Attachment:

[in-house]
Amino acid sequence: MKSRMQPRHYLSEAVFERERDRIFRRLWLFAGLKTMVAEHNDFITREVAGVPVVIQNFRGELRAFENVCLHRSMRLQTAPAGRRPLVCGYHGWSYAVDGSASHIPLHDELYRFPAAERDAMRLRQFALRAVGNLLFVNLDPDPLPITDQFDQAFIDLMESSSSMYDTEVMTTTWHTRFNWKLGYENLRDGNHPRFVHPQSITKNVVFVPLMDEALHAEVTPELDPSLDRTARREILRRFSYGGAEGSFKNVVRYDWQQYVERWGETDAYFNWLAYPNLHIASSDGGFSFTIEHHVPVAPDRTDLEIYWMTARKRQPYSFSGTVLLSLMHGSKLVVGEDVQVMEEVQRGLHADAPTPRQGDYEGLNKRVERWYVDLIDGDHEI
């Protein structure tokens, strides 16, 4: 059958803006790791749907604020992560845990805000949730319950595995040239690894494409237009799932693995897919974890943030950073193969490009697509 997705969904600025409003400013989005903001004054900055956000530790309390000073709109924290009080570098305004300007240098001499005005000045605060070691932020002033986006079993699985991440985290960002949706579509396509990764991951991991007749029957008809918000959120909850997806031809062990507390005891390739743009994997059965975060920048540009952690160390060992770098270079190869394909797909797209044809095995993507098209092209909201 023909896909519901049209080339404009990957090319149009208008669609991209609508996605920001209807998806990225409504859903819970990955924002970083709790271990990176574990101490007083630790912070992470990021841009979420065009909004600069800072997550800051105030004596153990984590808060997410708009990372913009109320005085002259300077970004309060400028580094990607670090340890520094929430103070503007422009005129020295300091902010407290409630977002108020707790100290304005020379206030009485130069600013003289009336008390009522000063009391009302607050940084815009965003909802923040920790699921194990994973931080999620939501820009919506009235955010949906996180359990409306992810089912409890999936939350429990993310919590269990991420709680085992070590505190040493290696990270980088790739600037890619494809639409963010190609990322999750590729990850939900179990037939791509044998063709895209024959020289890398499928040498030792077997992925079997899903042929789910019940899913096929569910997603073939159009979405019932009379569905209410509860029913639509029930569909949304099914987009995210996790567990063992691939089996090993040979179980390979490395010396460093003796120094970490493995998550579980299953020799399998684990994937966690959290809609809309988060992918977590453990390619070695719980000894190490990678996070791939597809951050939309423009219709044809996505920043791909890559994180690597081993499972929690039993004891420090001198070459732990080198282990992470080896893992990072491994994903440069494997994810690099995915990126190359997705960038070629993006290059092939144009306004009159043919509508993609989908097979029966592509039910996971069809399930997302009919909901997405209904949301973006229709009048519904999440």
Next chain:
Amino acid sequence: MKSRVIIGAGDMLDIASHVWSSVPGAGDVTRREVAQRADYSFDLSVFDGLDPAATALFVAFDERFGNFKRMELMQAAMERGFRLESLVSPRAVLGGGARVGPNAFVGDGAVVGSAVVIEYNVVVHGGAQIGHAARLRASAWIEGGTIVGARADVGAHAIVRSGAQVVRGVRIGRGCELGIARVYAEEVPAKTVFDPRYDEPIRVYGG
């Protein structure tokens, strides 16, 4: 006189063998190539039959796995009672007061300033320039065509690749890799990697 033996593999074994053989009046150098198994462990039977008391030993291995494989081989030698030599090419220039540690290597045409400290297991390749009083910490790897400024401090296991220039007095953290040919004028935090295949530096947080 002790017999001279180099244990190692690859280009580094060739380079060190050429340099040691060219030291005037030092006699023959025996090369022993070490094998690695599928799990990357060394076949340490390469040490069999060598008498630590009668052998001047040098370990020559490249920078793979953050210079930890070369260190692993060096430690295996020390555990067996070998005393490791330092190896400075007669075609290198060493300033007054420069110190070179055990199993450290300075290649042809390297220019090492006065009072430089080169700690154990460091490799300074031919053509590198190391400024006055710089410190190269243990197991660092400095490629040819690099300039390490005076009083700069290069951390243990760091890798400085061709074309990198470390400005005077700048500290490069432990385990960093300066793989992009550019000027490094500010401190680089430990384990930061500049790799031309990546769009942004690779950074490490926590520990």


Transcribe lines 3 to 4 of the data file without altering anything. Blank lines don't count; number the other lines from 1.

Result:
């Protein structure tokens, strides 16, 4: 059958803006790791749907604020992560845990805000949730319950595995040239690894494409237009799932693995897919974890943030950073193969490009697509 997705969904600025409003400013989005903001004054900055956000530790309390000073709109924290009080570098305004300007240098001499005005000045605060070691932020002033986006079993699985991440985290960002949706579509396509990764991951991991007749029957008809918000959120909850997806031809062990507390005891390739743009994997059965975060920048540009952690160390060992770098270079190869394909797909797209044809095995993507098209092209909201 023909896909519901049209080339404009990957090319149009208008669609991209609508996605920001209807998806990225409504859903819970990955924002970083709790271990990176574990101490007083630790912070992470990021841009979420065009909004600069800072997550800051105030004596153990984590808060997410708009990372913009109320005085002259300077970004309060400028580094990607670090340890520094929430103070503007422009005129020295300091902010407290409630977002108020707790100290304005020379206030009485130069600013003289009336008390009522000063009391009302607050940084815009965003909802923040920790699921194990994973931080999620939501820009919506009235955010949906996180359990409306992810089912409890999936939350429990993310919590269990991420709680085992070590505190040493290696990270980088790739600037890619494809639409963010190609990322999750590729990850939900179990037939791509044998063709895209024959020289890398499928040498030792077997992925079997899903042929789910019940899913096929569910997603073939159009979405019932009379569905209410509860029913639509029930569909949304099914987009995210996790567990063992691939089996090993040979179980390979490395010396460093003796120094970490493995998550579980299953020799399998684990994937966690959290809609809309988060992918977590453990390619070695719980000894190490990678996070791939597809951050939309423009219709044809996505920043791909890559994180690597081993499972929690039993004891420090001198070459732990080198282990992470080896893992990072491994994903440069494997994810690099995915990126190359997705960038070629993006290059092939144009306004009159043919509508993609989908097979029966592509039910996971069809399930997302009919909901997405209904949301973006229709009048519904999440």
Next chain: